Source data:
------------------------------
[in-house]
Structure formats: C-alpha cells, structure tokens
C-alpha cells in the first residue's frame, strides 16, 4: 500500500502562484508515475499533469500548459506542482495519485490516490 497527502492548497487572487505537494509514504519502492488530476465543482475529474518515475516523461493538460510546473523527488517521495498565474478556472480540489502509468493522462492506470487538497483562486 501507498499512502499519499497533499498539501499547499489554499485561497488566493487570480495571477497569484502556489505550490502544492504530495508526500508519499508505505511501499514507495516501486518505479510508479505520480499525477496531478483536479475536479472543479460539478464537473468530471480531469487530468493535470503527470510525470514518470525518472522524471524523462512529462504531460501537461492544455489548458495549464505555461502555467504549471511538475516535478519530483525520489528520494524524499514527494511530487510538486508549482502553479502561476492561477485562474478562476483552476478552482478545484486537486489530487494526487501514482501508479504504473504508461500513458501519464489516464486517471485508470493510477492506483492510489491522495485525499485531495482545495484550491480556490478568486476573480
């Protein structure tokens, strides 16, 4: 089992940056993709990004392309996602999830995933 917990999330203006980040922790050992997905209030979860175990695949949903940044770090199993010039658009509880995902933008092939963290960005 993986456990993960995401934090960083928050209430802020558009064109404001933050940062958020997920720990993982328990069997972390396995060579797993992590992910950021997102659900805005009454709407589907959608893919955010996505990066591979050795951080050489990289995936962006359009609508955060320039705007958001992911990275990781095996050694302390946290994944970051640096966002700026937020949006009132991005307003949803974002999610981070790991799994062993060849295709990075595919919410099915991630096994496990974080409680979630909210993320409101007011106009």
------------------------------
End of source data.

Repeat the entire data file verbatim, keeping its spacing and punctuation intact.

[in-house]
Structure formats: C-alpha cells, structure tokens
C-alpha cells in the first residue's frame, strides 16, 4: 500500500502562484508515475499533469500548459506542482495519485490516490 497527502492548497487572487505537494509514504519502492488530476465543482475529474518515475516523461493538460510546473523527488517521495498565474478556472480540489502509468493522462492506470487538497483562486 501507498499512502499519499497533499498539501499547499489554499485561497488566493487570480495571477497569484502556489505550490502544492504530495508526500508519499508505505511501499514507495516501486518505479510508479505520480499525477496531478483536479475536479472543479460539478464537473468530471480531469487530468493535470503527470510525470514518470525518472522524471524523462512529462504531460501537461492544455489548458495549464505555461502555467504549471511538475516535478519530483525520489528520494524524499514527494511530487510538486508549482502553479502561476492561477485562474478562476483552476478552482478545484486537486489530487494526487501514482501508479504504473504508461500513458501519464489516464486517471485508470493510477492506483492510489491522495485525499485531495482545495484550491480556490478568486476573480
């Protein structure tokens, strides 16, 4: 089992940056993709990004392309996602999830995933 917990999330203006980040922790050992997905209030979860175990695949949903940044770090199993010039658009509880995902933008092939963290960005 993986456990993960995401934090960083928050209430802020558009064109404001933050940062958020997920720990993982328990069997972390396995060579797993992590992910950021997102659900805005009454709407589907959608893919955010996505990066591979050795951080050489990289995936962006359009609508955060320039705007958001992911990275990781095996050694302390946290994944970051640096966002700026937020949006009132991005307003949803974002999610981070790991799994062993060849295709990075595919919410099915991630096994496990974080409680979630909210993320409101007011106009």